Web sites have a way of evading vulnerability scanners in the form of virtual hosting. It is a common practice to host multiple web-sites (and associated applications) on a single web server using only one IP addresses. This causes problems for vulnerability scanners, including Nessus, as they look for vulnerabilities on the single IP or hostname provided. The remote server directs this traffic to a specific virtual host or web application, leaving a considerable amount of virtual real-estate untouched. The problem is that Nessus has no easy way to enumerate the domain names or additional IP addresses associated with a given system. Scanning every hostname, domain name and IP address associated with the server could reveal additional vulnerabilities in the web applications or hosts associated with the given server. For example, when scanning just a single IP address in the lab, I received the following result:
In the plugin output above, we can see that the host is running PHPMyAdmin, a popular PHP application to manage MySQL databases. Few vulnerabilities are revealed until we expand our testing to include the domain names of the target associated with each virtual host in our scan as follows:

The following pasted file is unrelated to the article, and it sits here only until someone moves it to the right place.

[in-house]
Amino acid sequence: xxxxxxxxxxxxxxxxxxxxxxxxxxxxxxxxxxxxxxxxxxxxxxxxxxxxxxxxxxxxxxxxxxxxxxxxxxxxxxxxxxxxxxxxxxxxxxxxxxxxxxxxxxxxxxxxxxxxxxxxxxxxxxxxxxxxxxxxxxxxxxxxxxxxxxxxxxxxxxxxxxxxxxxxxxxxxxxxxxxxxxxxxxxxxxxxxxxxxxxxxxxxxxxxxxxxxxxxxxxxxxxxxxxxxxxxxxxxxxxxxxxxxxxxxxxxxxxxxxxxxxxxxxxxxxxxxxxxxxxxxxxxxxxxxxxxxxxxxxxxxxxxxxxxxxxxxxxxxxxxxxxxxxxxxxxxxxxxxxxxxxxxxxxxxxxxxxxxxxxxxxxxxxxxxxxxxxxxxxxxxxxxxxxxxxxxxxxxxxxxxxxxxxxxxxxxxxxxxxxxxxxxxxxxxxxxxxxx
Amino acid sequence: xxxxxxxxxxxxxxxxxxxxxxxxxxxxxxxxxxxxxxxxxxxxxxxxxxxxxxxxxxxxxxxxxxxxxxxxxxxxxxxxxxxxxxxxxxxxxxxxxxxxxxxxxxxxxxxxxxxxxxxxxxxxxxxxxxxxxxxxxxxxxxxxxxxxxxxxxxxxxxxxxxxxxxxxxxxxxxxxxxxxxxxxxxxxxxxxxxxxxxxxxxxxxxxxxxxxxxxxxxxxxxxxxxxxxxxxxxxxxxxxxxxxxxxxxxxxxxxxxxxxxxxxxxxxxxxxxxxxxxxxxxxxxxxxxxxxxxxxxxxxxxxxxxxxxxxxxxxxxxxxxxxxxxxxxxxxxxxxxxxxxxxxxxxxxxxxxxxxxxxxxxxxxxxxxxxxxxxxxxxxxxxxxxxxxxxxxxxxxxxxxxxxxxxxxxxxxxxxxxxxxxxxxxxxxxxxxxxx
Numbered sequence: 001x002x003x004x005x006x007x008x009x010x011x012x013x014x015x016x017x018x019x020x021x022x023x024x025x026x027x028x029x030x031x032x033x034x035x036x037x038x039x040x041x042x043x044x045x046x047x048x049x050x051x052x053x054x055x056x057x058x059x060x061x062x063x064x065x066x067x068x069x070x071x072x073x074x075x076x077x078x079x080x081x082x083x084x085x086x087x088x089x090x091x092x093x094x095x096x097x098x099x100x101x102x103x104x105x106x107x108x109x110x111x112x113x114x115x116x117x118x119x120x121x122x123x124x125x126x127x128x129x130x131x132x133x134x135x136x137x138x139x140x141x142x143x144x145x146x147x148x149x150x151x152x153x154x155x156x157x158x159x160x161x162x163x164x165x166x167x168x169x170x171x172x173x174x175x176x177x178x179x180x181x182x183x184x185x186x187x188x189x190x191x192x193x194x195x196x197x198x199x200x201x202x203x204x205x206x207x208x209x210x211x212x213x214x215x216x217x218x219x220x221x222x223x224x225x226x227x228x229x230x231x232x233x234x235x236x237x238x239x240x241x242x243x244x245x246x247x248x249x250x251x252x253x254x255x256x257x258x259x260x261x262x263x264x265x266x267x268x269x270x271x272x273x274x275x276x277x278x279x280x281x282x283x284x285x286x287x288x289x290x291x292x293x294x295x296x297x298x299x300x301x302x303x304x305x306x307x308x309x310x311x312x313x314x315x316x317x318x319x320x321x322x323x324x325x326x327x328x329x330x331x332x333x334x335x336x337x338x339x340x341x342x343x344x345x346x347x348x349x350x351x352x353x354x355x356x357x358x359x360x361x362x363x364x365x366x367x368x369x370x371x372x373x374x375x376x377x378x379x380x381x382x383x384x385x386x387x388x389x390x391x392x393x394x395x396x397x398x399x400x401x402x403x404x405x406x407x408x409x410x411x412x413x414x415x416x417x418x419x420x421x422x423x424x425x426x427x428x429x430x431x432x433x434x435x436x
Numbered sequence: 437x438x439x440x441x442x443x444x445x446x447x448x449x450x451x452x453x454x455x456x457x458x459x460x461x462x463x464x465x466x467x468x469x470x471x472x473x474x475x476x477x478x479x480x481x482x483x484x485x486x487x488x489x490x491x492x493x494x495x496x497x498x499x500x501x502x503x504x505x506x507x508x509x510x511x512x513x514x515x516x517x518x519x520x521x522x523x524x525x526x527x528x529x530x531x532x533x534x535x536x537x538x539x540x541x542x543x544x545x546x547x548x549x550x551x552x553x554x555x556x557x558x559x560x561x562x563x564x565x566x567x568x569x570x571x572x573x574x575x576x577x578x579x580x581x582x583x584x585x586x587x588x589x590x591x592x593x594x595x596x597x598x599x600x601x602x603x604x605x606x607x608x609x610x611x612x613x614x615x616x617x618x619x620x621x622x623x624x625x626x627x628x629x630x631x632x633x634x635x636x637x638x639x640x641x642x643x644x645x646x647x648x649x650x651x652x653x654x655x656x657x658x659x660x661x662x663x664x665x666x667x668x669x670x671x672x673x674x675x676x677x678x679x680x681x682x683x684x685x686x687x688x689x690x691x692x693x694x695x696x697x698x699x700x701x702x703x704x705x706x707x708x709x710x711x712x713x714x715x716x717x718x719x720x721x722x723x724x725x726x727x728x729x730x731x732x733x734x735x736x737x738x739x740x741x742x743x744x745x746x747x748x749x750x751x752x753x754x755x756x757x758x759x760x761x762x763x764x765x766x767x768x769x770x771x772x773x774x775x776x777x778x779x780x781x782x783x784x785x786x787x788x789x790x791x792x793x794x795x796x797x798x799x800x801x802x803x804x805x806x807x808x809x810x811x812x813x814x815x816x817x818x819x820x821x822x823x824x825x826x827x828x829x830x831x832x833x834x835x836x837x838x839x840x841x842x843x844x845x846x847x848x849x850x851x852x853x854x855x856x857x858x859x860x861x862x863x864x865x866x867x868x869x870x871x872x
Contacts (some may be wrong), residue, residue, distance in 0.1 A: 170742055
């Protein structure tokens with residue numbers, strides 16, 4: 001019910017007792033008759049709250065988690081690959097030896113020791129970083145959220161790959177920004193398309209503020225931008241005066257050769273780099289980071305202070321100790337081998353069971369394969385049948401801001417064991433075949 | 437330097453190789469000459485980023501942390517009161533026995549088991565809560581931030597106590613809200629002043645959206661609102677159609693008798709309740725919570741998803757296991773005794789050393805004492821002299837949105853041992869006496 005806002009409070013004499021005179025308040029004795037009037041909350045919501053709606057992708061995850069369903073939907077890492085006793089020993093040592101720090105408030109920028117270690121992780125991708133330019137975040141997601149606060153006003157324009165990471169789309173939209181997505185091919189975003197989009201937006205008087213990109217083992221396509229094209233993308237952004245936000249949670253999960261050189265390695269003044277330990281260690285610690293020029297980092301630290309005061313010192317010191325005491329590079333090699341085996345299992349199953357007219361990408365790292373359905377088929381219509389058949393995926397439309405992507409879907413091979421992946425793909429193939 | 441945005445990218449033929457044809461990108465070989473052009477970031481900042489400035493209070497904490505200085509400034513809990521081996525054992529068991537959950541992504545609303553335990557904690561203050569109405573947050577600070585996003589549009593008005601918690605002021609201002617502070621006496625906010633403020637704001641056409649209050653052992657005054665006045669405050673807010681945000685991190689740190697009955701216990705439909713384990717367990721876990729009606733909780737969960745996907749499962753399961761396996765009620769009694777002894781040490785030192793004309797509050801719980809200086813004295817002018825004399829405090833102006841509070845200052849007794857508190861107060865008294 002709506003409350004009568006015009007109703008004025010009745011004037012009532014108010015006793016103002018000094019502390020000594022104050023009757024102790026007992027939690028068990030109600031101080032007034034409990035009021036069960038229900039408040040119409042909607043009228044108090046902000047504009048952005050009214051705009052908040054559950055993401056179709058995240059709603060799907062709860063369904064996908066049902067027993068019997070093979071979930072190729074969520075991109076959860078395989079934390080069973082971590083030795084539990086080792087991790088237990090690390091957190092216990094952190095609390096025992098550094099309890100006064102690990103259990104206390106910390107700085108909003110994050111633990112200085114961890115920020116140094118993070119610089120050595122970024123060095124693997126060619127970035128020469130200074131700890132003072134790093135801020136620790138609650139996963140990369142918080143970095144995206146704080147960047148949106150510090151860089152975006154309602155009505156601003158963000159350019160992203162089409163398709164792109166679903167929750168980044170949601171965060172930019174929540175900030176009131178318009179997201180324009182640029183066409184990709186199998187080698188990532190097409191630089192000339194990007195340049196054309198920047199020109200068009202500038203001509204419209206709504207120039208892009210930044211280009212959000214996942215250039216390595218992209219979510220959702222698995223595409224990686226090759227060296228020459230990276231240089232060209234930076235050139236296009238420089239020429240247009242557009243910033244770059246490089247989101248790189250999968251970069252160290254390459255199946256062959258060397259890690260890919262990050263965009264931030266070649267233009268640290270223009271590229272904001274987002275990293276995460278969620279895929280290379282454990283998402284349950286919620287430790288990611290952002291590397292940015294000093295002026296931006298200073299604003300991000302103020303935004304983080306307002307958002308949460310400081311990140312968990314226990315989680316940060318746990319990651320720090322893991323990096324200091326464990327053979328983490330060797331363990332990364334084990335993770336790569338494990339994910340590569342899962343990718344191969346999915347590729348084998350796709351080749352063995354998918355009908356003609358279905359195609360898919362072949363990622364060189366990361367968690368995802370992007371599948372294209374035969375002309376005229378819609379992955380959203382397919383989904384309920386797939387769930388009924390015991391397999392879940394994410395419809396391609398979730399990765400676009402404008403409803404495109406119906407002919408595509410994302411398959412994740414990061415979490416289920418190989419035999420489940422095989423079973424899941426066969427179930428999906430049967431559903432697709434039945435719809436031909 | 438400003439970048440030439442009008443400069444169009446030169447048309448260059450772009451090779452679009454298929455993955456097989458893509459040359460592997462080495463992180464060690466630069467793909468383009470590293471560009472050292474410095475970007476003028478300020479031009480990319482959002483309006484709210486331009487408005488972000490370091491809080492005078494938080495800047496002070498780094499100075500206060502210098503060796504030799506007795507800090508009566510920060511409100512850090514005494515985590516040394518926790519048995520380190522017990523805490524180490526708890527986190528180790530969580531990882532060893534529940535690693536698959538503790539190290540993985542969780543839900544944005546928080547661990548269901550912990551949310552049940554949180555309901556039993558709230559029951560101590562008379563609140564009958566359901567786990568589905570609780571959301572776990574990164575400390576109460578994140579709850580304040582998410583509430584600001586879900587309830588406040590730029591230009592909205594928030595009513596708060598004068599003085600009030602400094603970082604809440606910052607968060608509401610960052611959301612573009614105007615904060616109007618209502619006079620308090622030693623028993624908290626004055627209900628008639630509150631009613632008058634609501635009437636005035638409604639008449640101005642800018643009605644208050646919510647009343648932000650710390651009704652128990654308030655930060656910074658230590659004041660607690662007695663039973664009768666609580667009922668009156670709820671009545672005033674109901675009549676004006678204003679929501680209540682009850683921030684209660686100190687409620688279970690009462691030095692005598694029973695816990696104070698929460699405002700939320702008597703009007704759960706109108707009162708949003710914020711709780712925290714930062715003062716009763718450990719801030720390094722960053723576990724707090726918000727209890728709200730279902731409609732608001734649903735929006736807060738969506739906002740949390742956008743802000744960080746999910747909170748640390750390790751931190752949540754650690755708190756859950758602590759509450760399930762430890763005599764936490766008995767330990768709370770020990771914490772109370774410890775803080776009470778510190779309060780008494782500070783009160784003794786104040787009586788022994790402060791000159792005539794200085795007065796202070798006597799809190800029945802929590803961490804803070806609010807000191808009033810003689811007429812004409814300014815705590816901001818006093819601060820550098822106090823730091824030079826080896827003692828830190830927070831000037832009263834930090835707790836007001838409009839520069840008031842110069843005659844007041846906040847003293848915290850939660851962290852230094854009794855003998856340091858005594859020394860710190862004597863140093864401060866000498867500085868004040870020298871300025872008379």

There are several ways to enumerate the virtual hosts running on a given IP address. A fast and easy way to find the hostnames on an Internet accessible site is to use Microsoft's Live service. For example, if we take the IP address of www.nessus.org (22.214.171.124), create a Microsoft Live! query and prepend it with "ip:", such as ip:126.96.36.199, virtual hosts associated with the IP address are displayed.
By including the virtual host names, we find more information about the associated hosts, installed web applications and their vulnerabilities:
The plugin above detects if there are fields in the web application that accept a password and send it to the remote server without the protection of SSL encryption. If it finds any occurrences of this behavior, Nessus flags these as a vulnerability.
The CGI scanner found several scripts that it did not detect in the previous scan. In addition to PHPMyAdmin, it found "index.php" and a directory called "passwords" that warrants further investigation and manual inspection. By giving Nessus a little more information about the environment to be tested, we can greatly expand the results and find additional vulnerabilities. Be certain to enumerate the domain names and virtual hosts when performing vulnerability scans of web servers. This can be a simple task such as asking the customer or systems administrator for a list, or using various information gathering techniques.